1LT Moses Gale Yniestra


1LT Moses Gale Yniestra

Pensacola, Escambia County, Florida, USA
Death 14 Feb 1884 (aged 47)
Pensacola, Escambia County, Florida, USA
Burial Pensacola, Escambia County, Florida, USA
Memorial ID 49571370 View Source

1st Lieut, Co. B, 62 Regt, Alabama Infantry, Civil War.
Married to Ann Elizabeth Gouse on 21 May 1860 in Mobile County, Alabama. Pic 3

His widow applied for a pension in Pensacola, Fl. on 24 July 1909

Please see: for further information (Source submitted by FAG member Bill Burns)

Moses Yniestra was discharged from the Confederate Army in 1865 as a 1st Lieutenant and returned to Alabama. The 1866 Alabama State census lists him as living in Butler County, about 120 miles northeast of Mobile. While this census does not give names of family members, it shows that the household also included one female aged 20-30 and three females under 10, presumably his wife and their first three daughters.

He subsequently moved the family to his birthplace of Pensacola, Florida, about sixty miles east of Mobile. US census records show that he had many relatives in the area, and there is a section of Pensacola still called Yniestra today. On the 1870 census Moses has the occupation of retail grocer. He and Anna now had five children, and the household also included a nurse, a servant, a grocery clerk, and a porter. On the 1880 census Moses is listed as a farmer, and the Yniestras had added three more children to their family; all eight were daughters. A son named William Brent Yniestra was born in 1881, their ninth and last-known child, although the 1884 newspaper story below reports ten children.

Sadly, on 14 February 1884, at the age of 47, Moses Yniestra was struck and killed by a switching engine on the main street of Pensacola while he was walking along the tracks around daybreak.

The Times-Picayune, New Orleans, 15 Feb 1884

A Prominent Citizen Run Over and Killed

PENSACOLA, Feb. 14.—This morning, between the hours of 5 and 6 o’clock, a terrible accident occurred near the gas works, in the rear of this city, resulting fatally to Moses G. Yniestra, than whom no one in Western Florida was more widely known and respected. Upon inquiry as to the particulars, your correspondent learned that Mr. Yniestra, who has recently been employed as assistant to Col. Scott, superintendent of the Pensacola Gas Works, was on his way to the gas house at the time of the accident, and had taken the track of the railroad as the most direct route from his residence. A switch engine coming up the road caused Mr. Yniestra to step aside to an opposite track, and the engine, after running a few rods beyond, was switched on to the track upon which the unfortunate man had stepped to avoid an accident, and came down upon him without a moment’s warning. His death was undoubtedly instantaneous, his body being horribly mutilated. Mr. Yniestra leaves a widow and ten children to mourn his loss, and a legion of friends who will ever cherish his memory.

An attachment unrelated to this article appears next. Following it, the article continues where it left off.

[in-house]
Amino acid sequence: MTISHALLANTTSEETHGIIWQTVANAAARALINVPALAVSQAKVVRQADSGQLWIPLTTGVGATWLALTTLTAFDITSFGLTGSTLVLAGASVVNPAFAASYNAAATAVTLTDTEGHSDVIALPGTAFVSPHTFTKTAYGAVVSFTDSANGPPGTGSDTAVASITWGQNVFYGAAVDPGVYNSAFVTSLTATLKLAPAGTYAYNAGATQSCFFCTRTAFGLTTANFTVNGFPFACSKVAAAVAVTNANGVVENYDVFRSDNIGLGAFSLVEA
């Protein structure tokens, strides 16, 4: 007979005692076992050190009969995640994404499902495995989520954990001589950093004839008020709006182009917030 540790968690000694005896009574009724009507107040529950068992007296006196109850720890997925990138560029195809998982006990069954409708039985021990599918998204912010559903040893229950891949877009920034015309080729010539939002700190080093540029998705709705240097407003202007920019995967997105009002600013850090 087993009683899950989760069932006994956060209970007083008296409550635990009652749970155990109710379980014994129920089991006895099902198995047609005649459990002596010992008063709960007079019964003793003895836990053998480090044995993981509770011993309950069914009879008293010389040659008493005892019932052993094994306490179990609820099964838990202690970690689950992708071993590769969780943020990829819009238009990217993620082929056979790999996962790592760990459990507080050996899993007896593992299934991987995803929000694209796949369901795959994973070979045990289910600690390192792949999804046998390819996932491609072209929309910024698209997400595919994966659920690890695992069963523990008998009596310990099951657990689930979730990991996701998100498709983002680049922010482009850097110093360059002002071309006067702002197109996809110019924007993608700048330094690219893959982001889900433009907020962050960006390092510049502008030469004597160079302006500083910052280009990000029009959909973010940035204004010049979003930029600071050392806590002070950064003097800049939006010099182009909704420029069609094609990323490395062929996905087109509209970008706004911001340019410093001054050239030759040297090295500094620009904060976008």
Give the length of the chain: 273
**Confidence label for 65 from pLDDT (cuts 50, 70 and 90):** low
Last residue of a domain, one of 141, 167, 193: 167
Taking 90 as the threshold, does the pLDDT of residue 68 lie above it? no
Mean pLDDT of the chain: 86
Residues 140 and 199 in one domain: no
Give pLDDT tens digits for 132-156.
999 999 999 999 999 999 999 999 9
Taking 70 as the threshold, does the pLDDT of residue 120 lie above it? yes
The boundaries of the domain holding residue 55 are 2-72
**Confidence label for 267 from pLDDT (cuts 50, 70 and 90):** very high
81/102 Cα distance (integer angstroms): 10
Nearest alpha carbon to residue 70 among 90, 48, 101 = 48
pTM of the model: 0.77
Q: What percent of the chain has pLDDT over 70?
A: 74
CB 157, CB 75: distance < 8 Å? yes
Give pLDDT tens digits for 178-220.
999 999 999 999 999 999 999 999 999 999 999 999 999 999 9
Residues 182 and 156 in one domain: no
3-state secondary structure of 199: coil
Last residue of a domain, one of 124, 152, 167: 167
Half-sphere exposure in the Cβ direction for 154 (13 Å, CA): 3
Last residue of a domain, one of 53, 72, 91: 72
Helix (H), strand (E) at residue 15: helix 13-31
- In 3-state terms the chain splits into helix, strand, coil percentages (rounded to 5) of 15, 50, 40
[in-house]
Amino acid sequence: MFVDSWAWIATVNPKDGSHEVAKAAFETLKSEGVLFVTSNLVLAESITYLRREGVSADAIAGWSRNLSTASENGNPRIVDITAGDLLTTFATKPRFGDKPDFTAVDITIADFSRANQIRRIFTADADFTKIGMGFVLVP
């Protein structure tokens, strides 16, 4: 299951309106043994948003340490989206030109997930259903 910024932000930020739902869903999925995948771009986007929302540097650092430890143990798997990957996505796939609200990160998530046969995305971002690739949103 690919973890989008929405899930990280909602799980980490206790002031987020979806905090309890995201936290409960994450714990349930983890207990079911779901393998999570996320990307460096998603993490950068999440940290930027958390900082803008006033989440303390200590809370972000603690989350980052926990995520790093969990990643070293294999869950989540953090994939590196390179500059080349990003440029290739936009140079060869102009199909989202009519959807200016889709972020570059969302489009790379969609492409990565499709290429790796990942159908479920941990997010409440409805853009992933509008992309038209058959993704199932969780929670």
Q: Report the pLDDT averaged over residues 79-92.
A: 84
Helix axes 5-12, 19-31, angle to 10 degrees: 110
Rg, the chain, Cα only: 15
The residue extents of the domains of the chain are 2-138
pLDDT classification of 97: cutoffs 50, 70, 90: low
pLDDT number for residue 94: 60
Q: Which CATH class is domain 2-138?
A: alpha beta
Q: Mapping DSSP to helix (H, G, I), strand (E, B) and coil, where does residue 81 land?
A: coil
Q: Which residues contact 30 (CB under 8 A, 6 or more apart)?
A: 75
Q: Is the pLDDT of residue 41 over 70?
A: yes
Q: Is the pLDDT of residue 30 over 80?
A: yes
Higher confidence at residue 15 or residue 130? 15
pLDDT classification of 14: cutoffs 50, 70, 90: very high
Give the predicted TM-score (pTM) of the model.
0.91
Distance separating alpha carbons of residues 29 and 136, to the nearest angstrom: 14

A lawsuit by his widow for damages against the Louisville & Nashville Railway Company was dismissed, and the ruling became part of case law reference in Florida:

“When a person voluntarily walks on and along the track of a railroad laid in a public thoroughfare, which he knew was used as a switch yard on which locomotives were passing to and fro night and day, where the walking on either side of said track was as good as on the track, and in doing so is run over by a passing train and killed, he has, by the failure to exercise ordinary care and prudence, directly contributed to his own misfortune, and his representative cannot recover from the company using said track damages therefor.”

This rather unfair doctrine was finally overturned in 1974 by the Florida Supreme Court.

As with many Southern states, Florida offered pensions to resident widows of Confederate soldiers, and details of many of these are available on line. In 1909, Anna Elizabeth Yniestra applied for a pension on the basis of the service of her husband Moses, and Lousia Yniestra for that of her husband Brunaugh. The documentation supporting these applications provided some of the information for this section.

Moses Yniestra was killed by a switching engine on railroad tracks near his home in Pensacola. The tracks of the switching yard ran along public streets, and he was struck by the engine while walking home at night. His wife sued the railroad but lost on appeal. Full details here:


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